NCAA Tournament: No more cinderellas
By Jim Litke
The NCAA tournament is at a tipping point.
The old model of a dozen or so tradition-rich programs from the six power conferences fighting among themselves for the title year after year is on its last legs. If neither of the so-called mid-majors playing in Saturday’s first semifinal, Butler or Virginia Commonwealth, break that stranglehold this year, one of their counterparts will soon enough.
Already, upsets don’t mean nearly as much as they once did. Seedings mean even less.
“There aren’t any weak sisters,” Hall of Fame coach and current ESPN analyst Bob Knight said before Sunday’s games. “I don’t care if they came from the Canary Island League. Anybody that gets here is going to be able to play.”
VCU emerged from the not-quite-as-exotic Colonial Athletic Association, the same league that sprung Final Four party crasher George Mason five years ago. And it only seems as if the Rams began their tournament run on the other side of the world.
Instead, since kicking open the door in the newly added “First Four” round of games as a No. 11 seed, they’ve faced opponents from five of the six power conferences — only the SEC has been lucky enough to avoid a battering — and haven’t looked overmatched in a single one.
After his No. 1 Jayhawks lost 71-61, Kansas coach Bill Self said if the players from both sides were sprinkled into a shirts vs. skins game, it would be impossible to tell which ones had the supposed pedigree.
“They got what they deserved today,” he said about the Rams. “They certainly outplayed us.”
VCU’s win may have overshadowed an even more impressive accomplishment by Butler, a school with 4,500 students that returned to the Final Four after losing to Duke last year, when a half-court shot by since-departed NBA pick Gordon Hayward at the buzzer missed by inches. No team outside the six power conferences has done that since UNLV in 1990-91, but the way the two programs arrived at the same place couldn’t be much different or more reflective of the eras.
Back then, UNLV was an NBA team-in-waiting, much like perennial powers North Carolina, Kansas and Kentucky, loaded with veteran talent. In the intervening years, the kids that used to stack up at those programs began jumping to the NBA after a season or two, or fanned out to smaller schools where they cashed in on opportunities to play right away and get the TV exposure once reserved for the big leagues.
As more dollars trickled down to midlevel programs, bright young coaches such as Butler’s Brad Stevens, 34, and VCU’s Shaka Smart, 33, took advantage of the same shortcuts. What they quickly figured out was that continuity — keeping second-tier players together for several seasons — was the fastest way to close the talent gap, especially in the tournament.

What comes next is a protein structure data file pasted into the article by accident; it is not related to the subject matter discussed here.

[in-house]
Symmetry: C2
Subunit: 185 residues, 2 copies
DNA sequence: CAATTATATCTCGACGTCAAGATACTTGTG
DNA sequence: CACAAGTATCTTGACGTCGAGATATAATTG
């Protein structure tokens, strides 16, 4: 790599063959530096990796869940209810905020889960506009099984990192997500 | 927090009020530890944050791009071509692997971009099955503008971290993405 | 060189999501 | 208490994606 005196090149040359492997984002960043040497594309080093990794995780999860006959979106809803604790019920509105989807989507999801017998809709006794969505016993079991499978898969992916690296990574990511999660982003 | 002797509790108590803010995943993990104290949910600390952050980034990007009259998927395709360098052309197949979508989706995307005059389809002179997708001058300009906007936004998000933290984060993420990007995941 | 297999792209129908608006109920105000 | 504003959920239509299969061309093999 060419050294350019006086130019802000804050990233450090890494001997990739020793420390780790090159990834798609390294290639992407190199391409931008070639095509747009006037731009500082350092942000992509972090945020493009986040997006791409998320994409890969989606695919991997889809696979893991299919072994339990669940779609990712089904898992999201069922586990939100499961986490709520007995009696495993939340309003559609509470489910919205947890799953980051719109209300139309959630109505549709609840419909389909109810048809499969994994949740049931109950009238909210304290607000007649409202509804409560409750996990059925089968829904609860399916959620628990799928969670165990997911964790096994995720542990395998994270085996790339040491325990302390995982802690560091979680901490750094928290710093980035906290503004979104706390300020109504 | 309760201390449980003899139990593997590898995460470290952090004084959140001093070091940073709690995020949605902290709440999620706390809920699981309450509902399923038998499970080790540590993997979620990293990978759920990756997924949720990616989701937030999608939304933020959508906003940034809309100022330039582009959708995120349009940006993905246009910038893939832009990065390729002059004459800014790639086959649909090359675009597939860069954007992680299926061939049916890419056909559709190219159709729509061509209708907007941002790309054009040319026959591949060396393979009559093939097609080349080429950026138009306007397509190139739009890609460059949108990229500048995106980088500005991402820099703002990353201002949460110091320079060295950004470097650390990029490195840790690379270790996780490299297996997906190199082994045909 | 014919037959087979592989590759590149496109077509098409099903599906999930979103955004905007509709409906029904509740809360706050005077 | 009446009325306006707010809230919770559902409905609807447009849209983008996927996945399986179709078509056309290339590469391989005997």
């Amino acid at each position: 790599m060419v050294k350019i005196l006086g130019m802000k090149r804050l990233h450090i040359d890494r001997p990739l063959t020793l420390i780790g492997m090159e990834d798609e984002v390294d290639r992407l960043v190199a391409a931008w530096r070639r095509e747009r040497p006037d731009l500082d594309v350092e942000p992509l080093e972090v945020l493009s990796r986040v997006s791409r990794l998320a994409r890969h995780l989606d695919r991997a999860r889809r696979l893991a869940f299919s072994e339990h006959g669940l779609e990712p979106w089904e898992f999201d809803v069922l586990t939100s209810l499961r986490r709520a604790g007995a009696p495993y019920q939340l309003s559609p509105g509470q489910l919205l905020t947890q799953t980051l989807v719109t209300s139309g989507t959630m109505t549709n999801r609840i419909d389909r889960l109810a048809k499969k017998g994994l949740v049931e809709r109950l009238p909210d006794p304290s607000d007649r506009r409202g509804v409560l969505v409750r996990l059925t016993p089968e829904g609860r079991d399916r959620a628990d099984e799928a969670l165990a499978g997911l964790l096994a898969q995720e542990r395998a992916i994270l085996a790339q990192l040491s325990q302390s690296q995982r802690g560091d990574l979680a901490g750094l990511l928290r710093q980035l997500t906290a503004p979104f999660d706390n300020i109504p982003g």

Butler and VCU likely couldn’t beat Kansas and Florida, to name just their past two opponents, in a best-of-three series. But in the lose-and-go-home format, they only have to figure out a way to do it once.
Kentucky coach John Calipari, whose No. 4 Wildcats play No. 3 Connecticut in the other semifinal, keeps getting results by recruiting the most-talented one-and-done players available and reloading season after season, but he’s an exception. This season’s UConn team is more of a hybrid, led by late-blooming junior guard Kemba Walker, with several freshmen sharing the load.
What all four squads have proved by taking different approaches is the seeding process that consumes so much of the NCAA selection committee’s time and the media’s attention is becoming irrelevant.
There are no No. 1 or 2 seeds for the first time since seeding was used in 1979, when the tournament was expanded to 40 teams and the rankings put in place to give teams in the 1-6 slots a bye for the first round. Though it’s not as exact a comparison because of all the conference shifts since 1979, this year was also the first time that two teams outside the power leagues have made the Final Four.
The only way those numbers don’t increase with each passing year is this: While college basketball’s royalty is having trouble keeping its best players for long, the mid-majors just arriving may find it equally tough to hang onto the best young coaches such as Stevens and Smart. No doubt some of the teams filling out the lower rungs in the power leagues are already drafting offers.
Small wonder those same vested interests cling to power so desperately in college football, using the Bowl Championship Series to stack the deck in the postseason. Otherwise, the anarchy that has made this already the most unpredictable playoff ever could spread like wildfire.